Adventures in Historical Preservation of The Great Pyrenees | Featured photo from Mary Cane Collection.
When Mary Crane (the Founder of the Great Pyrenees breed in the United States) passed away, she willed several boxes of her personal kennel records, a few paintings, a bronze FATH statue, and hundreds of photographs to the Dog Museum (then in St. Louis). The paintings and FATH statue were occasionally on display within the museum, but for the most part, the papers, records, and photographs were stuck away in boxes up in the attic.
One of our GPCA Members (Jo Stubbs) who lived nearby, took it upon herself (over a ten-year period) to sort, categorize, and make some sense of the boxes hidden away. She would go over on weekends and try to match up which dog went with which pedigree, and determine who owned which dog and what awards or winnings went with whom. Part research project, part labor of love, she did a fantastic job and ended up documenting the collection into albums entitled, pedigrees, photos, correspondence, advertisements, and friends. The collection sat in the Dog Museum attic “all dressed up but with nowhere to go” for years.
Sometime later, after a dog show in North Carolina, we were invited back to Judy Brown’s house (another longtime GPCA Member and Breeder) for lunch. We were talking about the HP projects and the progress made, when Judy mentioned that she had a few boxes in her attic (what’s with all the stuff in the attic?) that were given to her by Mary Crane. I immediately pestered her to show me and was thrilled to see pictures with comments on some of the earliest memories of both the GPCA and Mary Crane herself with Great Pyrenees. Judy mentioned that she had only a part of the collection; that most of it was at the Dog Museum. After a few phone calls (including offering my first born as collateral) we were given permission to take the entire paper portion from the museum to copy and scan, and to display at our national specialties. Jo Stubbs again came to the rescue when she picked up all the boxes and hand-delivered them to me in Ohio at our next national specialty. Then we started what I thought was going to be a “month or two” project. Little did we know that it would take us over 24 months to complete the task!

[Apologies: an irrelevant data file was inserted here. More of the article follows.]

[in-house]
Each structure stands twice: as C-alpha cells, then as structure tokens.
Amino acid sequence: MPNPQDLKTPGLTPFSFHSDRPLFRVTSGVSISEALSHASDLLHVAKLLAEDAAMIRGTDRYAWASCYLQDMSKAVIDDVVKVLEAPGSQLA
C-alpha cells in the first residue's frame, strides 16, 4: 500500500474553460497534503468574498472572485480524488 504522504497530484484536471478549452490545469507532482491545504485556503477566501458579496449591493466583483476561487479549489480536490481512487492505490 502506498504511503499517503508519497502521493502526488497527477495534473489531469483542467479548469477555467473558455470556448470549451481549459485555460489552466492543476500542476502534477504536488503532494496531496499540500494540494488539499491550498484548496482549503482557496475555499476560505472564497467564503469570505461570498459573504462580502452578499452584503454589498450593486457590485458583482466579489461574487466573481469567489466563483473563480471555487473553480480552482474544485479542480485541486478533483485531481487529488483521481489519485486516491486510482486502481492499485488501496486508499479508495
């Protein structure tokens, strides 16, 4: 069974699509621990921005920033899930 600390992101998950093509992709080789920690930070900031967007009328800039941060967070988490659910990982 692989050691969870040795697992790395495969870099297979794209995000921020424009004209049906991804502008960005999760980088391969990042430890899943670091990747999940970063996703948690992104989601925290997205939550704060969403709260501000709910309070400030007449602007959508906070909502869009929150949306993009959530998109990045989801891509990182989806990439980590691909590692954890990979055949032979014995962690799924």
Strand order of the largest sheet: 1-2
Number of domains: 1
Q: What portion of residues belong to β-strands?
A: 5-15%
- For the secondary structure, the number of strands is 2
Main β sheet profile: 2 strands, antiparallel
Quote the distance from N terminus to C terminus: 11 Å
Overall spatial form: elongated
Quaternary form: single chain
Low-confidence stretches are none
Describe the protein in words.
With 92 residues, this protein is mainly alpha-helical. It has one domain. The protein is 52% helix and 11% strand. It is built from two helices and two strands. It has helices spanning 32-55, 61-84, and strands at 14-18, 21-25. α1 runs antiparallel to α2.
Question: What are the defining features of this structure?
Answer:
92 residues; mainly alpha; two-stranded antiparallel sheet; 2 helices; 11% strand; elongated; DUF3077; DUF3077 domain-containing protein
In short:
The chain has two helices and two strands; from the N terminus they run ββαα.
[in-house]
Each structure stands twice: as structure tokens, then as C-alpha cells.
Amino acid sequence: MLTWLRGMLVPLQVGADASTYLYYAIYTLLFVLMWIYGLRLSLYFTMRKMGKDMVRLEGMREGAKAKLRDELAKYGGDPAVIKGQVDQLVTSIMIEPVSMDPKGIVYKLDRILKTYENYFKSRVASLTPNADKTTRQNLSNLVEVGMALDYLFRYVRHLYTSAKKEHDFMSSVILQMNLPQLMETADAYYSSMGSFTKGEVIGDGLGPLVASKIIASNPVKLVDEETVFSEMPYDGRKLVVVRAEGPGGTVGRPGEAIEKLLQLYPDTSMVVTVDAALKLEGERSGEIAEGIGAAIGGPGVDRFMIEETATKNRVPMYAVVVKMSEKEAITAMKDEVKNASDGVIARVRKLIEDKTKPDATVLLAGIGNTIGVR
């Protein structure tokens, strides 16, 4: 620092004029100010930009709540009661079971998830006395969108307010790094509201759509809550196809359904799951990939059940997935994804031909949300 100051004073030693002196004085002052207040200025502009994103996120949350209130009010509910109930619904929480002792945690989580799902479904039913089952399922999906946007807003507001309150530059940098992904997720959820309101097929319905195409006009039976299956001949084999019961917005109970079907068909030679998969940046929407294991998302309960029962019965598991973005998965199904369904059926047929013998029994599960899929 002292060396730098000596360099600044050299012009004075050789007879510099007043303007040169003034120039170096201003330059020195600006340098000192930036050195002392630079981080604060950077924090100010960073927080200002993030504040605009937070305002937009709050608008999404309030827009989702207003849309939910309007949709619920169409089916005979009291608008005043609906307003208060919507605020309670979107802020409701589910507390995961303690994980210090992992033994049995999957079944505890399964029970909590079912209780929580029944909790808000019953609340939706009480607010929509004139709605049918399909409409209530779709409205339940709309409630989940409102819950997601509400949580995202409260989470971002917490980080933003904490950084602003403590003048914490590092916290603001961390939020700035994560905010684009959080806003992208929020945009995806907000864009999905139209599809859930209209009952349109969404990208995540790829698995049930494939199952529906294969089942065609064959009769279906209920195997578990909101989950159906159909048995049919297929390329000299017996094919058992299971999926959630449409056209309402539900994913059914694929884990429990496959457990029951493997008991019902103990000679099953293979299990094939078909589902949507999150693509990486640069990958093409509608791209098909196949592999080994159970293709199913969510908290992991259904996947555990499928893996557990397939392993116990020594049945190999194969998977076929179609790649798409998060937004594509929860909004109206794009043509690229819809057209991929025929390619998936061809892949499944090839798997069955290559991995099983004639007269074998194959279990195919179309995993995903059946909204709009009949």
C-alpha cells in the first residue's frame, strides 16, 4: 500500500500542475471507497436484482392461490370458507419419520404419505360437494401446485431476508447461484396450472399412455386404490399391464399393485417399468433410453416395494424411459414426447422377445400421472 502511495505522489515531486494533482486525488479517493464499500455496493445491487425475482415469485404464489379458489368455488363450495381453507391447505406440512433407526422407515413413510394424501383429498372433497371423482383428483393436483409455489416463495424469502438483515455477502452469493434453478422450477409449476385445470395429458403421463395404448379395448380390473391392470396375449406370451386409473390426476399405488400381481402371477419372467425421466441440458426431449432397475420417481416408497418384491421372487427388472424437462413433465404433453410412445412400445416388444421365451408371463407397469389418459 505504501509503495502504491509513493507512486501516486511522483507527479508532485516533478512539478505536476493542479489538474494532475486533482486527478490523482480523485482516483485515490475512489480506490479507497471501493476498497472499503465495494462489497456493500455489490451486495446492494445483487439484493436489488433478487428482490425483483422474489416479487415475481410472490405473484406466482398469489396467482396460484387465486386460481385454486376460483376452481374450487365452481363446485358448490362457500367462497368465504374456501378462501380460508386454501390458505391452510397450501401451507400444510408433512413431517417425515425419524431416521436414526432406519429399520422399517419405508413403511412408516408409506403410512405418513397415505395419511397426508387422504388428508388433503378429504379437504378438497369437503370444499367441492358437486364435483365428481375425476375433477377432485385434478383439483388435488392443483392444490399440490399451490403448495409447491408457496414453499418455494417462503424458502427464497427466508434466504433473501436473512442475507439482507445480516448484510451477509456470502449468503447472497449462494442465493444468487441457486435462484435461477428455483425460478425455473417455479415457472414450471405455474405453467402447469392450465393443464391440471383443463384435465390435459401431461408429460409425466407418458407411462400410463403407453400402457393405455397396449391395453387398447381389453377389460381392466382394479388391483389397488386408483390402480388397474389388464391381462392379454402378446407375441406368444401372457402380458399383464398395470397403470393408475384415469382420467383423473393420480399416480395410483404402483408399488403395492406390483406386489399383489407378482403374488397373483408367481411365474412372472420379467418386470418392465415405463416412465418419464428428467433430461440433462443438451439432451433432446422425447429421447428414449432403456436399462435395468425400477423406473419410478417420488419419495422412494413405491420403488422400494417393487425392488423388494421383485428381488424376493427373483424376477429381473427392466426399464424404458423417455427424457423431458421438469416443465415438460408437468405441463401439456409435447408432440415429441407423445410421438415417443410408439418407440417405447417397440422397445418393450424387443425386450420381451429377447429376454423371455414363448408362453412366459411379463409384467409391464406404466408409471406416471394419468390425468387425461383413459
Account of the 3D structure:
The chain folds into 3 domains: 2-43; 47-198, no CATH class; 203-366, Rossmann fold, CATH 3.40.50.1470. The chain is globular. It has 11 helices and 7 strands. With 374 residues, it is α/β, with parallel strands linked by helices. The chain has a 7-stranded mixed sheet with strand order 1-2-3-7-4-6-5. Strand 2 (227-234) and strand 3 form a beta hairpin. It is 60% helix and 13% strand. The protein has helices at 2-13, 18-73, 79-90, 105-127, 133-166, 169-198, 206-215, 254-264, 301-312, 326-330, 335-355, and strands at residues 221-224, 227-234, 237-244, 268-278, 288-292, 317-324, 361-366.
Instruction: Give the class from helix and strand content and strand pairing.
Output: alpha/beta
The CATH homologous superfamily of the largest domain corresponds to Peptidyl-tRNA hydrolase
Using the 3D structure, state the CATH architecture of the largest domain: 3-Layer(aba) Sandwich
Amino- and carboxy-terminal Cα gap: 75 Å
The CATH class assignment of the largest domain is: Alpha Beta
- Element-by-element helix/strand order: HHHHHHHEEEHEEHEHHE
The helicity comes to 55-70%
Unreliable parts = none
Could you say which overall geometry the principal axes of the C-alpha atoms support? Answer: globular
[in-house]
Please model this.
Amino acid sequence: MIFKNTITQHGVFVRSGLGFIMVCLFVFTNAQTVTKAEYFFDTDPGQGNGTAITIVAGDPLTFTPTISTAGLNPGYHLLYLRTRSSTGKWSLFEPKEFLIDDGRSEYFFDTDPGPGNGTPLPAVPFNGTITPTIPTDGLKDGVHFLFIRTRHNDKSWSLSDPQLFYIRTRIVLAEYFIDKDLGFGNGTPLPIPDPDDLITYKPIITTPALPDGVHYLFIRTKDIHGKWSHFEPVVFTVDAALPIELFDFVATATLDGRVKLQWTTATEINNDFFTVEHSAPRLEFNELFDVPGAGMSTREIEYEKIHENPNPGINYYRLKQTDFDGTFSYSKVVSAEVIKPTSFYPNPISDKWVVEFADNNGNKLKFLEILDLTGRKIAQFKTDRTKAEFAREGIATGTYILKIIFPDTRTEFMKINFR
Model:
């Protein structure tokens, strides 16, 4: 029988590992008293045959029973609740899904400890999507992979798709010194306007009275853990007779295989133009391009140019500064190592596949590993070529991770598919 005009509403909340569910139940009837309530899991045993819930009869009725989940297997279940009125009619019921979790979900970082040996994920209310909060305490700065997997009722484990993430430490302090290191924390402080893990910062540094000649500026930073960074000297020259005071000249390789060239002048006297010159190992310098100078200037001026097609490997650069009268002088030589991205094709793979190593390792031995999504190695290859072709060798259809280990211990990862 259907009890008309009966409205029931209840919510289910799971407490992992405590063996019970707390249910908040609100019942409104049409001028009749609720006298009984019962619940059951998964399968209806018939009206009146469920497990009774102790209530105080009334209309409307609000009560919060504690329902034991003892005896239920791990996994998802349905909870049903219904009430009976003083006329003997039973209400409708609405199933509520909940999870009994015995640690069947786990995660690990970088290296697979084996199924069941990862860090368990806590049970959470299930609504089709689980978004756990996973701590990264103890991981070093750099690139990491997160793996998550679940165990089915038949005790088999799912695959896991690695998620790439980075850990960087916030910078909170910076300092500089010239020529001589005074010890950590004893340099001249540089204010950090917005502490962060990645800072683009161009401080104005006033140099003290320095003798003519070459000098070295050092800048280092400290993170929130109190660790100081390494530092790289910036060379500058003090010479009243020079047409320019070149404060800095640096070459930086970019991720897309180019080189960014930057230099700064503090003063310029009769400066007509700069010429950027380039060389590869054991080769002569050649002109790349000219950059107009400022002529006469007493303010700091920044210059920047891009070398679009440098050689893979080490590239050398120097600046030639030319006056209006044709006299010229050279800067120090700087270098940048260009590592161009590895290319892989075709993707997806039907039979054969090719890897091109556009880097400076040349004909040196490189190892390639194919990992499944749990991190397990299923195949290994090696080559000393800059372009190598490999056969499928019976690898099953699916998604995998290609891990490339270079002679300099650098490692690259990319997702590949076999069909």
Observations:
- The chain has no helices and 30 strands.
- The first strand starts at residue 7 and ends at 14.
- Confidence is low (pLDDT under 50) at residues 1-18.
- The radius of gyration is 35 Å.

What ended up happening was, each time I went to the desk and started working, I spent just as much time reading as I did scanning. I spent hours looking at the photos—and the notes written in the margins next to them. Reading about common kennel problems, health issues, and some of the same issues that confront us today with this breed, I realized how far we had come with health issues, breeding issues, and living with and loving this breed.
Our final result is the Mary Crane Collection, available for all to view on our club website: www.gpcaonline.org. Go to the Historical Preservation Section and read away! With over 1,000 photographs, 200 kennel pedigrees, and countless comments and descriptions, it is truly a collection of historical relevance. What did Mary suggest that you feed your puppy? How many litters did that bitch have? Which titles? How many shows entered? How do you housetrain a puppy? How about which dog was the first to achieve a CDX title in the breed? Who was the first dog to achieve an Obedience title? How did Mary set up her kennel runs? All the answers are in the collection.
Our current project is to modernize our film collection. We currently have old 8mm, reel to reel, videos, CDs, and DVDs ready to be digitized. We are almost halfway completed and expect all to be available on our website when finished.
When I took over the The Great Pyrenees Historical Preservation work for the GPCA, I had no idea of the many hours I would spend learning about our breed, happily reading old articles and letters from past breeders. I strongly encourage everyone who loves showing their dogs to spend some time learning about the history of their breed and the breeders of the past. You just might fall in love with your breed history as much as I have. (We can trace the Great Pyrenees being brought to this country in the 1800s, and the first Pyrenees being bred in the US in the 1930s!) You just never know what is in those dusty old attics, and you may come across a treasure or two.